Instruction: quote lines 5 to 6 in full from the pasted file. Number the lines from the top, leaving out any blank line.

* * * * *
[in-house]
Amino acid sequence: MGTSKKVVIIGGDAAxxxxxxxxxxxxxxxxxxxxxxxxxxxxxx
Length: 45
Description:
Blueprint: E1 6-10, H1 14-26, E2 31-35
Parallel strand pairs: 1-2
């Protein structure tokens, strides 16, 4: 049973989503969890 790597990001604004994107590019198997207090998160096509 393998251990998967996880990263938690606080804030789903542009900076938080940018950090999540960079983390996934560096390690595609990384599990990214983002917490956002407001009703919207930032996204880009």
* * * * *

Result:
Blueprint: E1 6-10, H1 14-26, E2 31-35
Parallel strand pairs: 1-2